Advertisement

Journal of Geographical Systems

, Volume 15, Issue 3, pp 319–367 | Cite as

Social networks and trade of services: modelling interregional flows with spatial and network autocorrelation effects

  • Tamara de la Mata
  • Carlos LlanoEmail author
Original Article

Abstract

Recent literature on border effect has fostered research on informal barriers to trade and the role played by network dependencies. In relation to social networks, it has been shown that intensity of trade in goods is positively correlated with migration flows between pairs of countries/regions. In this article, we investigate whether such a relation also holds for interregional trade of services. We also consider whether interregional trade flows in services linked with tourism exhibit spatial and/or social network dependence. Conventional empirical gravity models assume the magnitude of bilateral flows between regions is independent of flows to/from regions located nearby in space, or flows to/from regions related through social/cultural/ethic network connections. With this aim, we provide estimates from a set of gravity models showing evidence of statistically significant spatial and network (demographic) dependence in the bilateral flows of the trade of services considered. The analysis has been applied to the Spanish intra- and interregional monetary flows of services from the accommodation, restaurants and travel agencies for the period 2000–2009, using alternative datasets for the migration stocks and definitions of network effects.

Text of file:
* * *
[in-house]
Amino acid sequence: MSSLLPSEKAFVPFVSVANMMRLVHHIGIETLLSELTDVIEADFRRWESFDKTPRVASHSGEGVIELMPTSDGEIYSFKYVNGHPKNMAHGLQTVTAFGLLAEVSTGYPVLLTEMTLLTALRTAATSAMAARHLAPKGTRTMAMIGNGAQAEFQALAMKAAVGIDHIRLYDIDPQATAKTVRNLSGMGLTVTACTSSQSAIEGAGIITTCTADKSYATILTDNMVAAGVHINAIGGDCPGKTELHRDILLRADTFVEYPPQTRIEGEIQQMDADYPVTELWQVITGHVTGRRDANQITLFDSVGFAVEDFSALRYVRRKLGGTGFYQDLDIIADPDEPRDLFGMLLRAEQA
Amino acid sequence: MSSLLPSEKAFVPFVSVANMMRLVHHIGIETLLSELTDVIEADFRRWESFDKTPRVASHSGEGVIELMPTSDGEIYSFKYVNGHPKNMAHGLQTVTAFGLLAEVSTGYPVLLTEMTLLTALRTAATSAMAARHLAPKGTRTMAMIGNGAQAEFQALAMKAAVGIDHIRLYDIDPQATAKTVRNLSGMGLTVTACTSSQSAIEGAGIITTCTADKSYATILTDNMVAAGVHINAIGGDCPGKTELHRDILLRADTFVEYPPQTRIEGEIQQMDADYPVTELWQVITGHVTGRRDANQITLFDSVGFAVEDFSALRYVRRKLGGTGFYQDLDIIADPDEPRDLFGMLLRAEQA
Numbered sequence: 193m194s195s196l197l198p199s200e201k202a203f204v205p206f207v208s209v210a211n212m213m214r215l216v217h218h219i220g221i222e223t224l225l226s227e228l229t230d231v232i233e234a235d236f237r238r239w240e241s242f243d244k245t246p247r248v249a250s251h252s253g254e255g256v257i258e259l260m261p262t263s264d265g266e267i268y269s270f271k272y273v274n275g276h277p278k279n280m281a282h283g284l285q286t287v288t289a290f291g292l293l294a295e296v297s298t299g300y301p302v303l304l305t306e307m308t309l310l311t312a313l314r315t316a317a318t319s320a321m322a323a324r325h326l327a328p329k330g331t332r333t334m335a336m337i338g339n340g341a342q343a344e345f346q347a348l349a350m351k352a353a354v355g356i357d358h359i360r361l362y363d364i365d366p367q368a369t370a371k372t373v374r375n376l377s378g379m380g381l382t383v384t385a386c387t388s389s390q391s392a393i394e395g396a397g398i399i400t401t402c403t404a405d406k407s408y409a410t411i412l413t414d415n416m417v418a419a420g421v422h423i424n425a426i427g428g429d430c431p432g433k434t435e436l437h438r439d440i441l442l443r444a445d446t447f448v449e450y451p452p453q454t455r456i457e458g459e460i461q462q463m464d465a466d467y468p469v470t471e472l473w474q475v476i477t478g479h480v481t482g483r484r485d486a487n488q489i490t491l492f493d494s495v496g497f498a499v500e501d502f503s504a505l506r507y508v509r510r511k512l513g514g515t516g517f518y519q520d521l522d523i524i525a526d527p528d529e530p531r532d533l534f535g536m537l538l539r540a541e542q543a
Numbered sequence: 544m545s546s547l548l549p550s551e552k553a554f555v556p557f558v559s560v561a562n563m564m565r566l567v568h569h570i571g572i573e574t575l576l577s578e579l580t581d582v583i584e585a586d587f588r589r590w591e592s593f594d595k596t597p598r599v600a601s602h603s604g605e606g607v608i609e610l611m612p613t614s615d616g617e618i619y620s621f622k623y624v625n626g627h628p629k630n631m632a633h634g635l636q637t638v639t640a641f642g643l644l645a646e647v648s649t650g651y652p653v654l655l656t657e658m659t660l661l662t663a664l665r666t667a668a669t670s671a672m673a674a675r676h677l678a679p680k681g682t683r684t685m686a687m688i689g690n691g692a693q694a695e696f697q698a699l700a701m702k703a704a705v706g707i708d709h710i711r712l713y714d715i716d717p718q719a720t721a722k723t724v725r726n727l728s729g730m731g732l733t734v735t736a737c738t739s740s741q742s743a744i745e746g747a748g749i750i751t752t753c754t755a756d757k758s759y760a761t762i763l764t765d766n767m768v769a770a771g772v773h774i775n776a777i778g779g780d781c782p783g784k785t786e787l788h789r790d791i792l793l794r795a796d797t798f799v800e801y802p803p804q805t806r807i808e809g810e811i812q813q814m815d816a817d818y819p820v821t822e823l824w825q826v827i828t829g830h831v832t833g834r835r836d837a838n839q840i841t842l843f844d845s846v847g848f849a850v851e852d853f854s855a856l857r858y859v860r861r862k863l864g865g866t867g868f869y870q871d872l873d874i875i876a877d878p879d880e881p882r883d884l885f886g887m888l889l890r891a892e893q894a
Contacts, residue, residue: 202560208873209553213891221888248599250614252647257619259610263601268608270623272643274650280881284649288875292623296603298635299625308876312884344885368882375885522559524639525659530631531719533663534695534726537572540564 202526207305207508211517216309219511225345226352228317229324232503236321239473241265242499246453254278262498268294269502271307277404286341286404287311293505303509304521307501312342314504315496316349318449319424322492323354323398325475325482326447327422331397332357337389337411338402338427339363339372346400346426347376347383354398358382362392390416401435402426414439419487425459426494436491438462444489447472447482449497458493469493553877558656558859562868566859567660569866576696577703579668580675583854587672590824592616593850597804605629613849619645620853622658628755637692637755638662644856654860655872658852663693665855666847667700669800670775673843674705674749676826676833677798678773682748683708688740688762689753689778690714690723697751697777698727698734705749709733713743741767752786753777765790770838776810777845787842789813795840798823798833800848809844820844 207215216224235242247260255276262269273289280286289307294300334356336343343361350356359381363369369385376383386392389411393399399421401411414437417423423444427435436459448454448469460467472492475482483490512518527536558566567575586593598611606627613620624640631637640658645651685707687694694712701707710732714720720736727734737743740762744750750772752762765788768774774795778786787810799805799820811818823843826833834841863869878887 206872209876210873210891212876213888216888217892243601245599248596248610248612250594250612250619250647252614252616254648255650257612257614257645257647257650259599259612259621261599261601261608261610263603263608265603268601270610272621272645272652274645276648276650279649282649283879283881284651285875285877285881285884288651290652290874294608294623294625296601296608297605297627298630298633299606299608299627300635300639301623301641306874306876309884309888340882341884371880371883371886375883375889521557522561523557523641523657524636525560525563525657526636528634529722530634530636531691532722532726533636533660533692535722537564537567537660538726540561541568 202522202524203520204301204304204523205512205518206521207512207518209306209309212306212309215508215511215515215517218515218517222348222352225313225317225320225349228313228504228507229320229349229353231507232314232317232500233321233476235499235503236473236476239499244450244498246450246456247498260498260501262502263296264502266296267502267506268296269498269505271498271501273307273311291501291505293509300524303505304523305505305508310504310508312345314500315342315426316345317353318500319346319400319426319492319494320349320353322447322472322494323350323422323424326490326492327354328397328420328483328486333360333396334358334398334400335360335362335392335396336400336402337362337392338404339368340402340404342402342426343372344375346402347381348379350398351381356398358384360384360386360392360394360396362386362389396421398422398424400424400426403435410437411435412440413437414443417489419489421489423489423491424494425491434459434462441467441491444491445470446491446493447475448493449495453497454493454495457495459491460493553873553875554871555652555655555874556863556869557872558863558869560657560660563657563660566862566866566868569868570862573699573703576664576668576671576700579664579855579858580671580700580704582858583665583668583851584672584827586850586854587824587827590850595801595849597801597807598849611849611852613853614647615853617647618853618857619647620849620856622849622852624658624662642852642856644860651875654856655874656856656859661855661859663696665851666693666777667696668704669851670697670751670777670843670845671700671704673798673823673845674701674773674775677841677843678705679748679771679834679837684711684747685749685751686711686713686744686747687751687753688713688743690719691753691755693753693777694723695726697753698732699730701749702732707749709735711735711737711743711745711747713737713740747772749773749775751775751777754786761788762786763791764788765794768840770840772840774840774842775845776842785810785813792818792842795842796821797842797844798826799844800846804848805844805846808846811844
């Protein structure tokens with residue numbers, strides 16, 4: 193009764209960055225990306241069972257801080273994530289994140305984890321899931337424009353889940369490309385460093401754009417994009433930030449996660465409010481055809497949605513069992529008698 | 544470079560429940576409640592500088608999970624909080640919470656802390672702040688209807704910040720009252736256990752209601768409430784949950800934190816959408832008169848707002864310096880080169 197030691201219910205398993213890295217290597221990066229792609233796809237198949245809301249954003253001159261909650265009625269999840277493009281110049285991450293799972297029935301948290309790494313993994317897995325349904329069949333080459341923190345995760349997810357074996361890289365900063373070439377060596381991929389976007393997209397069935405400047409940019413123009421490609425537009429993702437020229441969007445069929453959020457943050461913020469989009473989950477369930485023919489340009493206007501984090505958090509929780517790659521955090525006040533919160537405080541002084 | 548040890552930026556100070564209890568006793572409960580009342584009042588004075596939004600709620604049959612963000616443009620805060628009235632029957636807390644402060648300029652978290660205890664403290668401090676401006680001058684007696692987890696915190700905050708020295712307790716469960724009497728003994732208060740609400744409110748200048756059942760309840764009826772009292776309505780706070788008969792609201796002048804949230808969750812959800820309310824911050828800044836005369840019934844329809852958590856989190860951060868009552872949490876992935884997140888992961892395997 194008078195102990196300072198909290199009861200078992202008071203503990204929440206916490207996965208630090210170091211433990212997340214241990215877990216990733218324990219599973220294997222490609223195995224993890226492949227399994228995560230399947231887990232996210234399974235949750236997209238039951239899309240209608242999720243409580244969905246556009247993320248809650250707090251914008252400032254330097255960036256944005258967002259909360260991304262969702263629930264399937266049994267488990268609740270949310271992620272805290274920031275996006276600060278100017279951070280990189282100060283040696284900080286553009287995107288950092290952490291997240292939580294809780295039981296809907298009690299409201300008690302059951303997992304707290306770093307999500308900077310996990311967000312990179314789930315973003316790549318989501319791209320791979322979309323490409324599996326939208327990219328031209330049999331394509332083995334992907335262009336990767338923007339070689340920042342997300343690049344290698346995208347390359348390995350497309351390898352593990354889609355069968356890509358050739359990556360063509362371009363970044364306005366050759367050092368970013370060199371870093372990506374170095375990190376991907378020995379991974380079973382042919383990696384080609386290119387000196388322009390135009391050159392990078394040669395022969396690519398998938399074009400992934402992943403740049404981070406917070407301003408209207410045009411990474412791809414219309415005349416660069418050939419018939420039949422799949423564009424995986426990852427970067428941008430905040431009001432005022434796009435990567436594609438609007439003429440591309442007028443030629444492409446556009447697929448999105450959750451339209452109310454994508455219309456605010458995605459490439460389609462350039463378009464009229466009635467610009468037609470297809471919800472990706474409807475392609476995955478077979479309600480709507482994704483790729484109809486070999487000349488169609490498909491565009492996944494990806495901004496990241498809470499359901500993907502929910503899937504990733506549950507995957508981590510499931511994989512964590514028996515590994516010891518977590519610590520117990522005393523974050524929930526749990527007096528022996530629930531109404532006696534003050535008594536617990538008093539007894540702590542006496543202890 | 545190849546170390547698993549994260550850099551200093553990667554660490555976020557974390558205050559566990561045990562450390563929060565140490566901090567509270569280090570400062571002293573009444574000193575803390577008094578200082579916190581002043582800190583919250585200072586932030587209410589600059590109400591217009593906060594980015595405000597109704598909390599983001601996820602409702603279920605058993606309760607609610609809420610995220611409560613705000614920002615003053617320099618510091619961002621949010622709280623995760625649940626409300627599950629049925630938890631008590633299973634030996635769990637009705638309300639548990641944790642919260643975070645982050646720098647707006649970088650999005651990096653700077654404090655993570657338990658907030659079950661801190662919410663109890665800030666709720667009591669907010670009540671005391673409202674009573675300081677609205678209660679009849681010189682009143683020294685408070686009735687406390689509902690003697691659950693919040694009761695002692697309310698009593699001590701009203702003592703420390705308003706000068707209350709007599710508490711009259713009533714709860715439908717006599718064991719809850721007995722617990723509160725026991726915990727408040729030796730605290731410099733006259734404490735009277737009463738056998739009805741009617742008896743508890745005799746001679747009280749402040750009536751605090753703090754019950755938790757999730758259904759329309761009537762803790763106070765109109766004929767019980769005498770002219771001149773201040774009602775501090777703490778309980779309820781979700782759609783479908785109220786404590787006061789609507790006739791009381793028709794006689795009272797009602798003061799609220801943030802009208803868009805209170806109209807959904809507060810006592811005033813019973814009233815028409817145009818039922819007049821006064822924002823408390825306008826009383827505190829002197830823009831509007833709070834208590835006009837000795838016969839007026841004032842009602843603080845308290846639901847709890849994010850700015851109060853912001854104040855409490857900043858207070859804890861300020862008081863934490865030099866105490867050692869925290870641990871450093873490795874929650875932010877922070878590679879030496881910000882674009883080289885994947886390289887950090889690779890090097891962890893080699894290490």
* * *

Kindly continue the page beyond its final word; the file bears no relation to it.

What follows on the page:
Keywords

Social networks Gravity models Trade of services Internal tourism Bayesian spatial autoregressive regression model Spatial connectivity of origin–destination flows 

JEL Classification

C21 F12 F14 L83 R22 

Notes

Acknowledgments

The authors want to express their gratitude to James LeSage for his help on improving previous versions of this paper. We also want to thank the helpful comments received from Giovanni Peri, Vicente Blanes and the other participants in the INTECO meeting in 2010. This paper has been developed in the context of different research projects: TransporTrade S2007/HUM/497, (www.uam.es/transportrade), funded by the Education Department of the Madrid Regional Government; the Project (ECO2010-21643/ECON) by the Spanish Ministry of Science and Innovation, as well as the DESTINO Project (Ministerio de Fomento). T. de la Mata also acknowledges the fund received from the Universidad Autónoma de Madrid (Programa FPI UAM). Carlos Llano also thanks the support received by the New York University Economics Department, where part of this work was also accomplished during an academic stay in the Fall semester 2012.

References

  1. Angulo AM, Mtimet N, Dhehibi B, Atwi M, Ben Youssef O, Gil JM, Sai MB (2011) A revisited gravity equation in trade flow analysis: an application to the case of Tunisian olive oil exports. Investig Reg (21):225–239Google Scholar
  2. Anselin L (1988) Spatial econometrics: methods and models. Kluwer, BerlinCrossRefGoogle Scholar
  3. Athanasopoulos G, Hyndman RJ (2008) Modelling and forecasting Australian domestic tourism. Tour Manag 29(1):19–31CrossRefGoogle Scholar
  4. Autant-Bernard C, LeSage J (2011) Quantifying knowledge spillovers using spatial econometric Models. J Reg Sci 51(3):471–496CrossRefGoogle Scholar
  5. Behrens K, Ertur C, Koch W (2010) ‘Dual’ gravity: using spatial econometrics to control for multilateral resistance. J Appl Economet. first published online: 12 Dec 2010Google Scholar
  6. Belderbos R, Sleuwaegen L (1998) Tariff jumping FDI and export substitution: Japanese electronics firms in Europe. Int J Ind Organ 16(5):601–638CrossRefGoogle Scholar